Oil & environment: The race to turn potential resources into production

Energy giants are all drawn to the Arctic’s vast natural reserve

The World Today Updated 5 October 2020 Published 2 August 2013 2 minute READ

John Roberts

Author of ‘Pipeline Politics: The Caspian and Global Energy’

Arctic energy is not new: BP brought Alaska’s giant Prudhoe Bay oilfield on stream in 1977; Norway’s Statoil started commercial gas production at Snøhvit, the first offshore development in the Barents Sea, in 2007; and on July 2, Gazprom announced that test drilling from the Prirazlomnoye platform, Russia’s first offshore venture in the Arctic, was about to start.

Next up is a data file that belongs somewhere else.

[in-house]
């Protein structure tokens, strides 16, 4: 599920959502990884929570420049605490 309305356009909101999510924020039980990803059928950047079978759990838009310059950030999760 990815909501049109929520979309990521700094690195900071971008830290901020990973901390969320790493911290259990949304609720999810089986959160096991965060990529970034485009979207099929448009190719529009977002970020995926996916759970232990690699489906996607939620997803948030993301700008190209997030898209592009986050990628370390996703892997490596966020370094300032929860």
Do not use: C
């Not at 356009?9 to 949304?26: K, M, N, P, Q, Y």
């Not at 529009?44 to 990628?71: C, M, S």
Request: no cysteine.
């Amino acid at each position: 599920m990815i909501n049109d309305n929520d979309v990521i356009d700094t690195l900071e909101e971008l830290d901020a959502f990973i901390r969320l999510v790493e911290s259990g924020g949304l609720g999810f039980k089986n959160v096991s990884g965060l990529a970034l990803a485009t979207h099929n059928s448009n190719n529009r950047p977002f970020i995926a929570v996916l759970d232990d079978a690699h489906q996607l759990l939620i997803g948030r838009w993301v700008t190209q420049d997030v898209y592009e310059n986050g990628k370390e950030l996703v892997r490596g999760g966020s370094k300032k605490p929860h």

Companies with stakes in these ventures include ExxonMobil, Chevron and ConocoPhillips in Alaska and Petoro, Total, GDF-Suez and RWE at Snøhvit. Prirazlomnoye is being developed by a joint venture between Gazprom and Russia’s biggest oil company, Rosneft.

They are there because there are hydrocarbons resources that can be exploited, and others will follow. The question is, how will they do this and what kind of a legacy will they leave when they are done?

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